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Old 17th October 2008 , 09:15 PM
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Default Recording horns

Any tips? I really don't have a studio, but a living room and a rehesal room to use. Any recommentations for a budget mic, positioning mic etc.. And tips to use in commercial studio? I tend to have some recording sessions where i'm asked to, but to find a recording engineer with knowledge about horns rather than rock instruments....priceless
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Old 17th October 2008 , 09:58 PM
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If you had a great sounding room at your disposal I'd say a nice stereo pair of ribbons 4-6 ft out. experiment a bit with the configuration (spaced versus x-y). If you don't have a good room then spot mic with dynamics (Shure SM7/EV RE20/Sennheiser MD421).

Bear in mind that the sound takes a little time to develop on wind instruments. As a good rule of thumb, however long the instrument is from mouth to bell is about the same distance that will be the best spot to put your mic from the bell. When you bring a bad room into the equation you have to really balance the sound coming from the instrument against the colour the room imparts to get yourself to the best point you can.

Hope this helps!
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Old 18th October 2008 , 07:49 AM
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Most of the time I've been playing in studio it was just one large diaphgram condenser put 1 foot from the bell. Result has always been muddy and nasal sound. So the distance you suggest makes really sense. Any tips to playing section stuff to prevent leaking from a mic to another, still having enough distance to have a good sound? What is the thing we gain using stereo pair for single horn?
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Old 18th October 2008 , 08:37 AM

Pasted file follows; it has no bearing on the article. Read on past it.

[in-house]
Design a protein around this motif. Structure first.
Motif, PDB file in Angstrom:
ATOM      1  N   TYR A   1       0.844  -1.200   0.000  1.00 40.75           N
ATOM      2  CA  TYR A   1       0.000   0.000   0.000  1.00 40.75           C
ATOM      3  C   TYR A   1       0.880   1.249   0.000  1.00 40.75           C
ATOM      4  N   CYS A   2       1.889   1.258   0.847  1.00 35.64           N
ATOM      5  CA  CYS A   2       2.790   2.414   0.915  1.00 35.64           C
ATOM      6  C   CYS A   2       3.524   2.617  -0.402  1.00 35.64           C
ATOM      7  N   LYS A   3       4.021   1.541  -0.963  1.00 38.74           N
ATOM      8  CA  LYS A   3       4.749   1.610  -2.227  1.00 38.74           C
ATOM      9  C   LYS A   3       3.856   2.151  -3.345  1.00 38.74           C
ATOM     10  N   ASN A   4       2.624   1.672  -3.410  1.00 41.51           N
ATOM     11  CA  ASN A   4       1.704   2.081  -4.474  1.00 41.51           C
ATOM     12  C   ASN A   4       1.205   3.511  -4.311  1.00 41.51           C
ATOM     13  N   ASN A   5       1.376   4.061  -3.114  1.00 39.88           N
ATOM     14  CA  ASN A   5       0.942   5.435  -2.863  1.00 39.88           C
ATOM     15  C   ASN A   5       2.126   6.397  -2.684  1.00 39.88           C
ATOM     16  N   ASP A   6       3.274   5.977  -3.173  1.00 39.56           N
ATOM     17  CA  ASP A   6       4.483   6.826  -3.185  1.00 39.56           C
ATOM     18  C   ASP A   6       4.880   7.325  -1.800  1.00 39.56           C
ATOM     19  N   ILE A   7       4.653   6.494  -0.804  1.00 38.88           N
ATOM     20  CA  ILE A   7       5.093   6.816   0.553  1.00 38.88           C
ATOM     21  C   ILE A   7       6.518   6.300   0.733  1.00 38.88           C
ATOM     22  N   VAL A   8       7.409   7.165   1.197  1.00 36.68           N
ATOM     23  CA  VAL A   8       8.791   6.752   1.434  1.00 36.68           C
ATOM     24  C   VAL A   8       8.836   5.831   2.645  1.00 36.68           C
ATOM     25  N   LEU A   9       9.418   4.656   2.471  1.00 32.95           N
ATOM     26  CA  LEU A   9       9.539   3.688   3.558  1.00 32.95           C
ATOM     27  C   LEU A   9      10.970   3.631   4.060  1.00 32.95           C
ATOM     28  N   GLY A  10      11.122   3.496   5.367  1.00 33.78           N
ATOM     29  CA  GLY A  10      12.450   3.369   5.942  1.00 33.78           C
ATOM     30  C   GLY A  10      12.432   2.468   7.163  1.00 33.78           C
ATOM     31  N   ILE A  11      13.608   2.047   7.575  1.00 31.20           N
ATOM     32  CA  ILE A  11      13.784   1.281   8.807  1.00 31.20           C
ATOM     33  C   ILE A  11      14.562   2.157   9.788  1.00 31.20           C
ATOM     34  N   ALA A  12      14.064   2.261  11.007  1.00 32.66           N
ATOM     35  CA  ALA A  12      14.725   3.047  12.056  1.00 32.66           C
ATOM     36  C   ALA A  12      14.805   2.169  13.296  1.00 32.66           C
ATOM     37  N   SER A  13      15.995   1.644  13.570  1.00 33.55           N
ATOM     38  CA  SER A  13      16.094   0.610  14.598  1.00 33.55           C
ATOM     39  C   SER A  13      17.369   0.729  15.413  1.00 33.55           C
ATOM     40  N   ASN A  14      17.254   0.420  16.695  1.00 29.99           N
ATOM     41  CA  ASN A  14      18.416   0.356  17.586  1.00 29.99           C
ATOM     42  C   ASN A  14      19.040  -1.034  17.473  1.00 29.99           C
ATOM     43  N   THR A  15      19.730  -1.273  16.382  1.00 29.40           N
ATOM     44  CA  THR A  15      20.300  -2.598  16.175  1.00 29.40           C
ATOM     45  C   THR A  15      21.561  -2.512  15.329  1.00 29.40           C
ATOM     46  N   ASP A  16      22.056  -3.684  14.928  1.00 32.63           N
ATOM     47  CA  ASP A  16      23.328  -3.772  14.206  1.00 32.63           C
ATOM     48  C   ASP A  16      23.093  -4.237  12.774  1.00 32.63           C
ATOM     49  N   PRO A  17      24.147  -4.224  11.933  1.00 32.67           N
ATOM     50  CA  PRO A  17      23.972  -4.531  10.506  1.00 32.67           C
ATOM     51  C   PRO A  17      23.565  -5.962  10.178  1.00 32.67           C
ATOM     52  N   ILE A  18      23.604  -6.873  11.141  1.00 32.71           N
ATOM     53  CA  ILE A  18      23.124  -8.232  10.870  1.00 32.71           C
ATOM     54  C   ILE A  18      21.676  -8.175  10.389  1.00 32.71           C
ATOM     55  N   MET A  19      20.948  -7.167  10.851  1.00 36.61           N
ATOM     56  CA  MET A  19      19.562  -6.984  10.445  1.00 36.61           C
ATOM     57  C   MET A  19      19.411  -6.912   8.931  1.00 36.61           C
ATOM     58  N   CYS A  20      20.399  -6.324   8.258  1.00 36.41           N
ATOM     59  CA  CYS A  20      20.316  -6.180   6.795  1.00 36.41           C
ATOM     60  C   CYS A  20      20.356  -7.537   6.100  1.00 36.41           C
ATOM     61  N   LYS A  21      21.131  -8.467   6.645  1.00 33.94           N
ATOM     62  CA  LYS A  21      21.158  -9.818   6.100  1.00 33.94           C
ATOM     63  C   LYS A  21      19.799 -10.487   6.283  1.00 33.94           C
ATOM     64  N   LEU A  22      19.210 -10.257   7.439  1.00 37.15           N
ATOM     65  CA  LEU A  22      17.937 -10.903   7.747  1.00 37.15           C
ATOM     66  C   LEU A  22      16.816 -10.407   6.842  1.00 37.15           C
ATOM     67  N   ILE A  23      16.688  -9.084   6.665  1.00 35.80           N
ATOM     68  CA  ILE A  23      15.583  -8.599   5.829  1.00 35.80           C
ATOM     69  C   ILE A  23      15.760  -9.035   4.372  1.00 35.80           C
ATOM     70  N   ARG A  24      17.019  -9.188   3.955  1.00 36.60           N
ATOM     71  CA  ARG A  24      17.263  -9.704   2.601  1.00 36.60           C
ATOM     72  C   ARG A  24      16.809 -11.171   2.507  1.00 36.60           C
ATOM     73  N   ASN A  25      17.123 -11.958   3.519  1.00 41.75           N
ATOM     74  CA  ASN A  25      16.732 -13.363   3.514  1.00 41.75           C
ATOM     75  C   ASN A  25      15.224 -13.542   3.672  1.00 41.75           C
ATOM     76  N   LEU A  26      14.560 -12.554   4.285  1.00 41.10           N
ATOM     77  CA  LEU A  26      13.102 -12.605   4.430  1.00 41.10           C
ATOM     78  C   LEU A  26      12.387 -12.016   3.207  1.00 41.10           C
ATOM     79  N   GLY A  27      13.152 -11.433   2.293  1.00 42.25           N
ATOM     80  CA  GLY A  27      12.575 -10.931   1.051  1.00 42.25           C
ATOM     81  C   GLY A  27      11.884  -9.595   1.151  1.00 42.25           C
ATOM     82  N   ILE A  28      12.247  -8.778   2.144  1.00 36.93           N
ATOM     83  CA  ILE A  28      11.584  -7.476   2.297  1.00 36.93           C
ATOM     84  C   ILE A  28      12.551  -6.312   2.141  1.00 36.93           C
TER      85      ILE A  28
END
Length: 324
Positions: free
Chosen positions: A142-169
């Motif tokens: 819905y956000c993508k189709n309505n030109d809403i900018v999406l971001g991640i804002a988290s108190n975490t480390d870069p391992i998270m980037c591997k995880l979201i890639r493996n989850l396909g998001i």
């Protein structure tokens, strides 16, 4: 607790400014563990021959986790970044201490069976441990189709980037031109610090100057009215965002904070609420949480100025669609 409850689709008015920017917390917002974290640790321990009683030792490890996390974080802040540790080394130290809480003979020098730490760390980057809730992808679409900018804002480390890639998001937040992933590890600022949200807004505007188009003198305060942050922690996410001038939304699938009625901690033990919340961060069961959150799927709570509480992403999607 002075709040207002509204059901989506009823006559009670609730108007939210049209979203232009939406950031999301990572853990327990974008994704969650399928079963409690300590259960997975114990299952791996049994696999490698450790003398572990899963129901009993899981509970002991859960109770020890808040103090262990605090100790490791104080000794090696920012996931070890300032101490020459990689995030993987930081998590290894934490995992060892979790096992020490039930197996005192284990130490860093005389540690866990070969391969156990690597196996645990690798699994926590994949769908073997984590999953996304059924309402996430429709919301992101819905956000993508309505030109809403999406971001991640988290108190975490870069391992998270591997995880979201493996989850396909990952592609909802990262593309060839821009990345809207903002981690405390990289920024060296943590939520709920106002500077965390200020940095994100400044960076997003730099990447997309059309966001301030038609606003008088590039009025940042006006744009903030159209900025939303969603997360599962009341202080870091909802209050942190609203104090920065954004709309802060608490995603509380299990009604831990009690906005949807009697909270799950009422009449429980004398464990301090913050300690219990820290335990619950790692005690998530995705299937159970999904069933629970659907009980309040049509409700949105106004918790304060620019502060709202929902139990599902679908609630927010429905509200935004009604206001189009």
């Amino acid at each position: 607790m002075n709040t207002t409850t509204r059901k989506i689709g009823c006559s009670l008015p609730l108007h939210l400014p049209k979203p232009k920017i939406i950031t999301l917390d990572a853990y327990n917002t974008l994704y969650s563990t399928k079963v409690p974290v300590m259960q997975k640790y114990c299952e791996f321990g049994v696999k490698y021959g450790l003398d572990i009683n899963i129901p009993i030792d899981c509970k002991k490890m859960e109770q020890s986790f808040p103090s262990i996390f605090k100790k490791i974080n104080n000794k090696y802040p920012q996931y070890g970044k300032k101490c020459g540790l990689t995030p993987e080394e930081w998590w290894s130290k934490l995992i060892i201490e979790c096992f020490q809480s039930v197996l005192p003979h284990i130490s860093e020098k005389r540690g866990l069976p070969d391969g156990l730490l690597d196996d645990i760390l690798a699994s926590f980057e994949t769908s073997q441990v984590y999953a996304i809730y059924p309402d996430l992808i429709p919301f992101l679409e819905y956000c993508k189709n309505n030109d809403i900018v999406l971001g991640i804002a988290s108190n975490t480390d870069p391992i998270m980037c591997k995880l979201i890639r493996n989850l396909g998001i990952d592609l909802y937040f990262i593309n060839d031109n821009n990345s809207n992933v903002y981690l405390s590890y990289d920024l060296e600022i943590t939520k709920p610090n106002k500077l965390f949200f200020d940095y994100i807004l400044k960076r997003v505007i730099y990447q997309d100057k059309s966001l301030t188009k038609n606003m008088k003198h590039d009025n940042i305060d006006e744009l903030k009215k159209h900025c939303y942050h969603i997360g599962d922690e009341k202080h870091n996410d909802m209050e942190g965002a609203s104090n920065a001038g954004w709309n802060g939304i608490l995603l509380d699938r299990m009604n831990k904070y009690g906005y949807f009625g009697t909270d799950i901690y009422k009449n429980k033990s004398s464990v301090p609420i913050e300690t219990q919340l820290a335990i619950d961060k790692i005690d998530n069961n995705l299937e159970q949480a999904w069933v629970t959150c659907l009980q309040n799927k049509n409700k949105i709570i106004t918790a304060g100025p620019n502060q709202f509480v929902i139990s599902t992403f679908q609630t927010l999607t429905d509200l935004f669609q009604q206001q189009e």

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Quote:
Originally Posted by trbguy View Post
Most of the time I've been playing in studio it was just one large diaphgram condenser put 1 foot from the bell. Result has always been muddy and nasal sound.
Now you know why

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Originally Posted by trbguy View Post
So the distance you suggest makes really sense. Any tips to playing section stuff to prevent leaking from a mic to another, still having enough distance to have a good sound?
You could use the null side of ribbon mics to good effect if you want more separation. Arrange each player so they are in the null point of the other's ribbon mic

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What is the thing we gain using stereo pair for single horn?
Not so much for a single horn (unless you are particularly shooting for that), if you wanted to capture the horn section as a coherent unit this would be more useful.
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Old 18th October 2008 , 10:13 AM
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Quote:
Not so much for a single horn (unless you are particularly shooting for that), if you wanted to capture the horn section as a coherent unit this would be more useful.
So you mean recording it as it is, with just one stereo pair or pair for each horn?

How much do you think there is difference between ribbon and condencer? Anything else, but quality of mic itself? Different pattern? Anything else I might be missing?

Thanks
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Old 18th October 2008 , 10:30 AM
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Quote:
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So you mean recording it as it is, with just one stereo pair or pair for each horn?